In recent weeks, Michael Gove hasn’t exactly endeared himself to property owners. First, he dismayed landlords by announcing proposed buy-to-let reforms. These are set to end ‘no-fault’ evictions and prevent discrimination against benefits claimants. They will even force landlords to accept tenants with pets. Now the Secretary of State for Levelling Up, Housing and Communities has the second home owner in his sights.
According to The Telegraph and the Daily Mail, Mr Gove is drawing up plans that would ban second home owners from advertising short-term holiday lets on websites such as Airbnb. He also aims to give regional mayors the power to prevent people from letting out second homes for fewer than 90 days. Anyone wishing to do so would have to apply for planning permission under change of use.
Why is government targeting the second home owner?
Government is targeting second homes because it believes holiday home ownership has a negative impact in many areas. Some tourist hotspots have significant numbers of holiday homes, which has pushed up house prices. This has made it difficult for local people to get a foot on the property ladder.
In this respect, government thinking chimes with that of many of the affected communities. Earlier this month, the parish council in Whitby held a ‘referendum’ on limiting the sale of second homes in the town. 93% of participants voted to confine the sale of new-build and additional housing to people who are full-time residents. A similar poll in Mevagissy, Cornwall, had a 90% vote in favour of restricting home sales.
While ‘referendums’ like these aren’t legally binding, organisers believe they will help local communities have a stronger influence on planning decisions.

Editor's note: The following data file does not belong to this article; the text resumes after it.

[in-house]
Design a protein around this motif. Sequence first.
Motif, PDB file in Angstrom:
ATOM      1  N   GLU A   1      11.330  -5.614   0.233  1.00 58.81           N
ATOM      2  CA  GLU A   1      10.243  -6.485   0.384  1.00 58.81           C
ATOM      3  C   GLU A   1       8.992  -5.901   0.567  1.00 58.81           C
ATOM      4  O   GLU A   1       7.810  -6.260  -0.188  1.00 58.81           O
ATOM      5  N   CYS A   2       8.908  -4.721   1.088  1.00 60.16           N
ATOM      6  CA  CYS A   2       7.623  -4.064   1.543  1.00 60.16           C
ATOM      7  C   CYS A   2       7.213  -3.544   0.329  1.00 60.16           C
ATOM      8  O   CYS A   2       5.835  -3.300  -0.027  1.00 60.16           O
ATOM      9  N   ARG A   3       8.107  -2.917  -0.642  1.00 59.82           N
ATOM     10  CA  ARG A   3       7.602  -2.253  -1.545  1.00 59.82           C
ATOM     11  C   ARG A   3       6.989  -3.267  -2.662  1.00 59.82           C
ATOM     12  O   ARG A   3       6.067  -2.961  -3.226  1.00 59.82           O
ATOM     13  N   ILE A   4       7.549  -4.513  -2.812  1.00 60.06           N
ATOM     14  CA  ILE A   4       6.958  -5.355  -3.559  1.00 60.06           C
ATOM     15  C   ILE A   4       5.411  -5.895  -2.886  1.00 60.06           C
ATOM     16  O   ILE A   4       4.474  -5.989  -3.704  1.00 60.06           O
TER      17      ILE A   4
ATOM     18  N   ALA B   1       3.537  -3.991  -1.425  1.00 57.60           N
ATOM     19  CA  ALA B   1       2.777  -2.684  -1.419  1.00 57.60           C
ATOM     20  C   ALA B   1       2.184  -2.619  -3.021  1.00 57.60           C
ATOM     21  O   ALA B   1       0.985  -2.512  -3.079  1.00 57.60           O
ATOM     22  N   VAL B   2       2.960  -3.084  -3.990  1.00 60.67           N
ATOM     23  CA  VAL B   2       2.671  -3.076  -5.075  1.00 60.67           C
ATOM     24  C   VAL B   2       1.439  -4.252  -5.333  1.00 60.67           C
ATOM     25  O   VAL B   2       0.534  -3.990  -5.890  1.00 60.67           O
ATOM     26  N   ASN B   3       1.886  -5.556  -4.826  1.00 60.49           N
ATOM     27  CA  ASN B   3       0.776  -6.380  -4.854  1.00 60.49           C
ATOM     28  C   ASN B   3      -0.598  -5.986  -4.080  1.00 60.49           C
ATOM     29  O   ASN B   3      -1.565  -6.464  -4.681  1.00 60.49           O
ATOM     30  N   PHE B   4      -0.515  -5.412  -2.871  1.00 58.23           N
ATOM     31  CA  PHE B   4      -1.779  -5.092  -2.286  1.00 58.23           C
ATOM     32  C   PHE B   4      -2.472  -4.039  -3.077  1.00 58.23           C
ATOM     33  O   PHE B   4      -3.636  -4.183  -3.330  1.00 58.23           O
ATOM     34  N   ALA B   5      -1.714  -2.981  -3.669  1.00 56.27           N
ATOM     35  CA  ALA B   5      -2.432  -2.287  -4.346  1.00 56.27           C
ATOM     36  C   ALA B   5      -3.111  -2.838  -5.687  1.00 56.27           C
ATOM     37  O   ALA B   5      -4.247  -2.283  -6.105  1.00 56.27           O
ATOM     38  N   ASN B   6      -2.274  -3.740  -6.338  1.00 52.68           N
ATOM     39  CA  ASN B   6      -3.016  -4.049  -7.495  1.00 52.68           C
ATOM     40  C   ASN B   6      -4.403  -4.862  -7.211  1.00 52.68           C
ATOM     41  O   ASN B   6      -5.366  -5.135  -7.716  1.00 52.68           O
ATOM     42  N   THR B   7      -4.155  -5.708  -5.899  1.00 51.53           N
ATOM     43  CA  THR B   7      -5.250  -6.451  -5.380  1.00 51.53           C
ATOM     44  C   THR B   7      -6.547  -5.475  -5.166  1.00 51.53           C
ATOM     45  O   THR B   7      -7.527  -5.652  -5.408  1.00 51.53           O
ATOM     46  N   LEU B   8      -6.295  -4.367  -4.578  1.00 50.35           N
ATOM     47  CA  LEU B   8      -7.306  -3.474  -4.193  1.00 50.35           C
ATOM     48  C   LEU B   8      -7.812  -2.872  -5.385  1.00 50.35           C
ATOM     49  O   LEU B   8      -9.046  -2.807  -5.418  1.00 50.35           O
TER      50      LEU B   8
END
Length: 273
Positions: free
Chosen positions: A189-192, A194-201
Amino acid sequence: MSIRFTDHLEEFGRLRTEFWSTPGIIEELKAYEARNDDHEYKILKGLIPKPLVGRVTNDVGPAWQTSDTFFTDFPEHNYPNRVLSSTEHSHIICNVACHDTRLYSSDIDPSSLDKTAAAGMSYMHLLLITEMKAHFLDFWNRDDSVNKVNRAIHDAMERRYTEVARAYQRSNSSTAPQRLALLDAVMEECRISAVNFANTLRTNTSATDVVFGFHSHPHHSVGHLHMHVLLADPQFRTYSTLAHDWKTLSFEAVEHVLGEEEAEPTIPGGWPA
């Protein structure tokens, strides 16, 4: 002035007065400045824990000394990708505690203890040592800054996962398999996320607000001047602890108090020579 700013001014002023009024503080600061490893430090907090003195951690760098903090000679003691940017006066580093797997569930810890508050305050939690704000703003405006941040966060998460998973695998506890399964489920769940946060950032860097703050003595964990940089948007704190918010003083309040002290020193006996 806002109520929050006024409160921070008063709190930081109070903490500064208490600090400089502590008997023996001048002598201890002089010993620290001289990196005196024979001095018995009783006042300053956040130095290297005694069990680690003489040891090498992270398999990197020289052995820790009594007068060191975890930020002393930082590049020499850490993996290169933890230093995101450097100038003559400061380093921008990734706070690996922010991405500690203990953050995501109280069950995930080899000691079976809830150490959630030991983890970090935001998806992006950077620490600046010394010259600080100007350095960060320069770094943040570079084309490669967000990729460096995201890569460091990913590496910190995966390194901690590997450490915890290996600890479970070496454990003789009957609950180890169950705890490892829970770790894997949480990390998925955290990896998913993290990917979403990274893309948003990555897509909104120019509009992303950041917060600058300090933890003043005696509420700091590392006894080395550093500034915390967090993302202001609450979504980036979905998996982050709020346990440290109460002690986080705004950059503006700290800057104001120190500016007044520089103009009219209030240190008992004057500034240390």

More bad news for second home owners
The new proposals to crack down on second home ownership are not the first. For example, government is already introducing new holiday let rules. These are designed to restrict the numbers of people accessing small business rates relief and make more pay council tax on their second homes. From April 2023, you won’t be able to get a second home assessed for business rates unless it is available for letting for 140 days in the previous and coming years, plus was actually let for at least 70 days in the previous year.
The Department for Levelling Up, Housing and Communities is upfront about its position on second home ownership. A spokesman has said:
“We’re taking action to combat the adverse impact that second homes can have on local communities – particularly in tourist areas such as Cornwall – by closing tax loopholes, introducing higher rates of stamp duty and empowering councils to apply a tax premium of up to 100% on second homes.”
Indeed, some councils such as Bournemouth, Christchurch and Poole, are already looking at imposing a 200% council tax on second home owners.
I’m a second home owner. What should I do next?
If you’re a second home owner, there’s no need to act immediately. However, it’s important to understand that owning a second home is likely to become more burdensome in coming years. If you’re a THP client, your account manager will be able to talk you through your options. However, our instinct is that many people will abandon second home ownership altogether – or buy property abroad.
About Jon Pryse-Jones
Since joining THP in 1978, Jon Pryse-Jones has been hands on with every area of the business. Now specialising in strategy, business planning, and marketing, Jon remains at the forefront of the growth and development at THP.
An ideas man, Jon enjoys getting the most out of all situations, “I act as a catalyst for creative people and encourage them to think outside the box,” he says, “and I’m not afraid of being confrontational. It often leads to a better result for THP and its clients.”
Jon’s appreciation for THP extends to his fellow team members and the board. “They really know how to run a successful business,” he says. He’s keen on IT and systems development as critical to success, and he continues to guide THP to be at the cutting edge and effective.